Museum of Cadiz

Plaza de Mina
Museo de Cádiz

The origins of the Museum of Cadiz can be traced back to the Mendizábal Disentailment in 1835, when a series of paintings from different disentailed convents were given to the city’s Academy of Fine Arts.  These works include a series of paintings by Zurbarán from the Jerez de la Frontera Charterhouse. Meanwhile, throughout the 19th century, the Academy of Fine Arts built up a selection of works from the flourishing Cadiz school of painting.  It included the final echoes of Neoclassicism, Romanticism, Costrumbrismo and historical paintings.
The chance finding in 1887 of the male Phoenician anthropoid sarcophagus where the Cadiz shipyards now stand was the starting point of the archaeological collection. The archaeological section of the museum is divided into rooms, which show how the province of Cadiz has evolved from pre-history, down through the Punic-Phoenician Gadir and to the Roman Gades and Baelo Claudia. Along with the impressive Phoenician anthropoid sarcophagus, this section is noted for the Phoenician and Punic funerary offerings and items unearthed in Cadiz and at the shrine of Melkart-Hercules in Sancti Petri and at the Poblado de Doña Blanca in El Puerto de Santa Maria.  It also features the Roman remains from Cadiz, Medina Sidonia, Sancti Petri and Baelo Claudia, among which the spectacular collection of statutes is noteworthy.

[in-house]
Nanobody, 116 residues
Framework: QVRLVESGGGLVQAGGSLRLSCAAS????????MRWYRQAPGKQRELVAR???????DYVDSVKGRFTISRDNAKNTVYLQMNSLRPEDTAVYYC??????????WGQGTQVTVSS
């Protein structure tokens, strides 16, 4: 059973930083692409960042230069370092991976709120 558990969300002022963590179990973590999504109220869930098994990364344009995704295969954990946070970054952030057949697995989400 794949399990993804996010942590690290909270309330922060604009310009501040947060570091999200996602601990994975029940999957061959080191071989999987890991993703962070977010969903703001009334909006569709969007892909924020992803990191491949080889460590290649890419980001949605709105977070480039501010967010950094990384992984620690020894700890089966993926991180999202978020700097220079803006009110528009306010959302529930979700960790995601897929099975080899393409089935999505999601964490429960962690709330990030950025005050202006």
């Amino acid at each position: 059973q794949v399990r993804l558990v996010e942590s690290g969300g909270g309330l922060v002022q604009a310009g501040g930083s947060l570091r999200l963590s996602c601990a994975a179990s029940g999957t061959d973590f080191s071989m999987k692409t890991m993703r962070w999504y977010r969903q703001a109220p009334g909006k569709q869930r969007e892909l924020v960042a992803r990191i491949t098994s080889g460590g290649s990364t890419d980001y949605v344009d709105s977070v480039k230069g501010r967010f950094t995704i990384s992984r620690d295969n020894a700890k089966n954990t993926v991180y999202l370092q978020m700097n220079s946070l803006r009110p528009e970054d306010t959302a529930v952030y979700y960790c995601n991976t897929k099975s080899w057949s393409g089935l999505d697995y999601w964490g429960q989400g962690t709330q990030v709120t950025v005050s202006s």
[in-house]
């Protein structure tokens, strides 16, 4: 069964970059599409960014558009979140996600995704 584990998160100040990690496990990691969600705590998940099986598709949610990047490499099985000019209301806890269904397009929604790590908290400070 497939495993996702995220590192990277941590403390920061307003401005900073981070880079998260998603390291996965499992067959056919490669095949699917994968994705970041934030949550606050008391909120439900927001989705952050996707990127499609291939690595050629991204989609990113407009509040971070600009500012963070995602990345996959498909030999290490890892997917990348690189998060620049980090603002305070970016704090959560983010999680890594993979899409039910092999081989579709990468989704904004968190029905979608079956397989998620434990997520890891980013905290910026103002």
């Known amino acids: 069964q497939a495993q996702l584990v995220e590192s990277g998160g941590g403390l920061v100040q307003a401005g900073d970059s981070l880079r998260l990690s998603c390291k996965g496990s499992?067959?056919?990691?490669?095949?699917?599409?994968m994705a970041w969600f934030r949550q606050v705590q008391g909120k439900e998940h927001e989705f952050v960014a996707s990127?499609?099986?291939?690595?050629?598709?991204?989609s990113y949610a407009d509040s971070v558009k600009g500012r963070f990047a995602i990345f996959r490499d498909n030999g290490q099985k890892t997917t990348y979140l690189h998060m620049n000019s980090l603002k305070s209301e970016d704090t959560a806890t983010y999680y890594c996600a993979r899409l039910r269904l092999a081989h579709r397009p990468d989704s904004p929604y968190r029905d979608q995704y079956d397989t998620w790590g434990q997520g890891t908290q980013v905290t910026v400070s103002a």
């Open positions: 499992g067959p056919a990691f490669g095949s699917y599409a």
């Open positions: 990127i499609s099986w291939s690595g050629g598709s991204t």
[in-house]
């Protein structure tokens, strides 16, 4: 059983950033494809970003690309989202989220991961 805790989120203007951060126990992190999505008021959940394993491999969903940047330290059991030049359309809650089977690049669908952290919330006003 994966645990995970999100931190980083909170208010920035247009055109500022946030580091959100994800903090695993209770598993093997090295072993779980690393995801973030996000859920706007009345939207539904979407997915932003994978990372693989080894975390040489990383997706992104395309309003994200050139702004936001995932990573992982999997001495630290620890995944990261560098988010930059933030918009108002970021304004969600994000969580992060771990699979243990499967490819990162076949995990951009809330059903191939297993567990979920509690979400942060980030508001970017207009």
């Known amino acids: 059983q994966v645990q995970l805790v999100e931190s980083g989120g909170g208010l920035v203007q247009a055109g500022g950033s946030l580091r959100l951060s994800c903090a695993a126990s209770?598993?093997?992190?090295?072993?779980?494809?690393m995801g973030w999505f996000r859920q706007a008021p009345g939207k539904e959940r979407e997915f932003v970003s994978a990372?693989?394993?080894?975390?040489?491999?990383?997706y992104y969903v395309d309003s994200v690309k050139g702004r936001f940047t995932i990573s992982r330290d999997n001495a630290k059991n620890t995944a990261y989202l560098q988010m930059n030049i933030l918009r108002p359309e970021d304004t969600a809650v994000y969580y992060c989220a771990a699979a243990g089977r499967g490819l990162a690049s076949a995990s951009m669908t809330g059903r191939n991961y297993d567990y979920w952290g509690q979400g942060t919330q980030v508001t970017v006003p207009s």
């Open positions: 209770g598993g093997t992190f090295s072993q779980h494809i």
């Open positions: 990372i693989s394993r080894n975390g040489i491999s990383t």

The Fine Arts section is also divided into rooms and takes you on a journey through paintings from the 16th century to the present time. The main works includes the Spanish, Italian and Flemish paintings from the 16th century, the works by Zurbarán for Jerez’s charterhouse between 1637 and 1639, different works by Murillo and his disciples as part of the Baroque collection or a painting by Joan Miró in the Contemporary Art section.
The Pinillos House is a building close to the Museum and forms part of it.  The fitting out of this building and its becoming part of the museum provided Cadiz with a new and modern cultural venue of  nearly 1,600 m2. The Museum of Cadiz opened this new building to the public thanks to the generous donation from Carmen Martínez de Pinillos and Toro, who in 2004, bequeathed her property to expand the Museum. In 2009, work began on the refurbishing of the property, which is of great historical value as it is an outstanding example of a bourgeois home from the early 18th century.


Opening Hours:
WINTER OPENING HOURS From 10.00 a.m. to 8.30 p.m. from Tuesday to Saturday. Open from 10.00 a.m. to 5.00 p.m. on Sundays and bank holidays. Closed on Mondays. SUMMER OPENING HOURS From June to September: From 09.00 a.m. to 3.00 p.m. from Tuesday to Saturday. Open from 10.00 a.m. to 5.00 p.m. on Sundays and bank holidays.  Closed on Mondays. Closed on the following holidays: 1 January, 1 May and 25 December


Admission free for European Union citizens, €1.50 for others

Climate-control premises
Pets not welcome
Assisted access
Adapted WC
Plza. de Mina s/n (Acceso adaptado)
+34 856 105 023
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